4. First Antiguan to play for West Indies: Roberts was the first player from Antigua to represent the West Indies team. His inclusion into the team pave the way for other Antiguans, as he was followed by Richards, Eldine Baptiste, Richie Richardson, Winston and Kenny Benjamin, Dave and Sylvester Joseph, Curtly Ambrose, Ridley Jacobs and Gavin Tonge in years to come.
Roberts once shared the anecdote related to his inclusion in the team for the first time. He was playing a First-Class game in Barbados in 1973, when the then West Indian captain Rohan Kanhai told him to stay in Barbados, where the third Test against England would be played, as Keith Boyce was injured. He waited and no one said anything to him, so he returned home. Then a car pulled up and the president of the Antigua Cricket Association, Lester Bird, came out and said, “You are to go to Barbados in the morning.”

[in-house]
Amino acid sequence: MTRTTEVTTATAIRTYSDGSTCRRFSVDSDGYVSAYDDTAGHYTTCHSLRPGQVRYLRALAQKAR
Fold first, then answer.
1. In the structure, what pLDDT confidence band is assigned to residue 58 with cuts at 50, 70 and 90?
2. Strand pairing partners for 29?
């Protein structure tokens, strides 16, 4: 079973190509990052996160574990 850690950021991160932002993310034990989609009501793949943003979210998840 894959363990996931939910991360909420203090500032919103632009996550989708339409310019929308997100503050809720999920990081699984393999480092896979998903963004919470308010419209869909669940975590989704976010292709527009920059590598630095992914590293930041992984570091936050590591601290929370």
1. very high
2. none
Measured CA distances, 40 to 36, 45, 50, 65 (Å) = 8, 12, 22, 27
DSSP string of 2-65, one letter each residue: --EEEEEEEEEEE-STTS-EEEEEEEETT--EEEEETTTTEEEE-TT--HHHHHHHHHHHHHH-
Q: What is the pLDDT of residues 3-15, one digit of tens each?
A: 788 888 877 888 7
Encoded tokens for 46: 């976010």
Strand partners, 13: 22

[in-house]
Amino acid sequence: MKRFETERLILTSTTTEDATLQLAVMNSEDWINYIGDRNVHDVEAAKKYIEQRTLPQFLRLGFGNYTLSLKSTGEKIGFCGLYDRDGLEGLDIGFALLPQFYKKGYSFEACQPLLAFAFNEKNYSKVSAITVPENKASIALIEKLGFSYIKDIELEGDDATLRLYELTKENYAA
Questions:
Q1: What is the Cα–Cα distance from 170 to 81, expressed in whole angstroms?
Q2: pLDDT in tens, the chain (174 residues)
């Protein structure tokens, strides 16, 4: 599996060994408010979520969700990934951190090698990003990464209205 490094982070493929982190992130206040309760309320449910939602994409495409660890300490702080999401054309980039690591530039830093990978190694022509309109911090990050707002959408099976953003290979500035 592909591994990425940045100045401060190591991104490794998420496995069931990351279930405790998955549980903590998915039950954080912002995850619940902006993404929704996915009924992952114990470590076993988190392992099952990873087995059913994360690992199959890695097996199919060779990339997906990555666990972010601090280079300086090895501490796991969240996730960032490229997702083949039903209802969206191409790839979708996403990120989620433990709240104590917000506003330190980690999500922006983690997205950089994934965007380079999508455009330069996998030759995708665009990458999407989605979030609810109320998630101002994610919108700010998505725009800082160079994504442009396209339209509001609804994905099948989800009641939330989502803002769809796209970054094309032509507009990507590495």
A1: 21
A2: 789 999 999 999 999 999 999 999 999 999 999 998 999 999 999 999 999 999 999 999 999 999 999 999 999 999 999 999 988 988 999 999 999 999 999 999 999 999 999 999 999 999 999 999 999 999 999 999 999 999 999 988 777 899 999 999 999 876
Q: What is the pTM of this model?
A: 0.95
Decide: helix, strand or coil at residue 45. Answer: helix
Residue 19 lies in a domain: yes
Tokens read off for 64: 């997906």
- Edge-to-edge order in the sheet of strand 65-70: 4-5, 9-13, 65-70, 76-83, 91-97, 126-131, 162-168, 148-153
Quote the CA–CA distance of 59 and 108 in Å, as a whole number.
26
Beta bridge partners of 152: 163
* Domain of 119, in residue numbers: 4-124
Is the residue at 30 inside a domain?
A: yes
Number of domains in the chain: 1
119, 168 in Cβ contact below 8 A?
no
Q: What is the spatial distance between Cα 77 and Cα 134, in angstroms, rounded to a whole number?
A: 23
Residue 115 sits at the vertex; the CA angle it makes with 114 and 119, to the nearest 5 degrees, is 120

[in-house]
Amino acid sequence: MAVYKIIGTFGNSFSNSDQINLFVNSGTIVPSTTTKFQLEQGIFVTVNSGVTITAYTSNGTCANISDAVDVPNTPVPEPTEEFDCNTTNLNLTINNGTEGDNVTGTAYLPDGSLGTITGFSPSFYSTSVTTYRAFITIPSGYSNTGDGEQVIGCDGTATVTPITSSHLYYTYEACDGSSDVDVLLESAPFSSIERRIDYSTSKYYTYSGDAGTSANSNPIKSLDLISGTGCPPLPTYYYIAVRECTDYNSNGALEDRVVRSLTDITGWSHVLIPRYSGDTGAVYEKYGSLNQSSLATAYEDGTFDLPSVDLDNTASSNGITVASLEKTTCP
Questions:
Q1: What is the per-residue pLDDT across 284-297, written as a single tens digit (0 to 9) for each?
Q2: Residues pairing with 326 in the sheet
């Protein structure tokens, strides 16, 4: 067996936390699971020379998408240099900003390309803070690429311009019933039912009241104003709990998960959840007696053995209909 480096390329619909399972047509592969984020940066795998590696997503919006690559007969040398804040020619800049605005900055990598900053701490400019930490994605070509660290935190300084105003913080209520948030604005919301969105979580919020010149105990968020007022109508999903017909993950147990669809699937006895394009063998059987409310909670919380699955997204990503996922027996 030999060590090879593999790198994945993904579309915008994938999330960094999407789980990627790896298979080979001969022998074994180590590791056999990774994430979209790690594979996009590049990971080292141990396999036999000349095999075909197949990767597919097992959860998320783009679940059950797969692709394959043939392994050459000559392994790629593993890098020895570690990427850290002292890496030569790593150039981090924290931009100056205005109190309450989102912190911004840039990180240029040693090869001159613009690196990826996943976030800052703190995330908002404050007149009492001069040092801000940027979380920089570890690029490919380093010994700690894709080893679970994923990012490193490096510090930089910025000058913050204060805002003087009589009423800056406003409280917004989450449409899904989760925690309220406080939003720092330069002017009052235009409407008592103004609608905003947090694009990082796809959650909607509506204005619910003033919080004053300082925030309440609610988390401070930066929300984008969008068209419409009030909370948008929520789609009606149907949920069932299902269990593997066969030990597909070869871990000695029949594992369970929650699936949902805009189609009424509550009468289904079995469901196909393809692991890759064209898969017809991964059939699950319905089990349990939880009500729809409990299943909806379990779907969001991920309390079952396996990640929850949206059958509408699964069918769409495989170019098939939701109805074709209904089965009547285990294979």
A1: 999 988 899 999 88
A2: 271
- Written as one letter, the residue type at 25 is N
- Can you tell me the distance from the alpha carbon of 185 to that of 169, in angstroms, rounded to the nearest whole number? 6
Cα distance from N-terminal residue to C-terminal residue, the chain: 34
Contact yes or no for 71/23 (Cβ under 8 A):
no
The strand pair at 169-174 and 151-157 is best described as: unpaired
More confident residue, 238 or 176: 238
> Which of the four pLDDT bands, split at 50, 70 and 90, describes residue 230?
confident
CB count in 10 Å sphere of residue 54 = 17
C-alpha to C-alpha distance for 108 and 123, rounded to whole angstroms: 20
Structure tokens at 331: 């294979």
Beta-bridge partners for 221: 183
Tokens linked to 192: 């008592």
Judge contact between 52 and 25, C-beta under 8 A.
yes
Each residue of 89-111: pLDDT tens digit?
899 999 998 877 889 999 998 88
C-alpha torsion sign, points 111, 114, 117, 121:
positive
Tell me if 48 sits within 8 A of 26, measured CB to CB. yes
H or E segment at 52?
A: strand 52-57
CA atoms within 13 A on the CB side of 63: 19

5. Two-time World Cup winner: Roberts was a part of the West Indies team that won the first two Prudential World Cups in England in 1975 and 1979.
6. English County: Roberts played for Hampshire and Leicestershire during his career. Interestingly, Hampshire retained him after he overcame a career-threatening injury to take 40 wickets for their Second XI in 1972-73. Had they not kept him back, Roberts would have never returned to English county.
7. Fast and fearsome: There are many instances of Roberts hurting batsmen with his ferocious bowling. Former Pakistan captain Imran Khan once described a ball bowled by him as the ‘fastest and most terrifying he had ever faced.’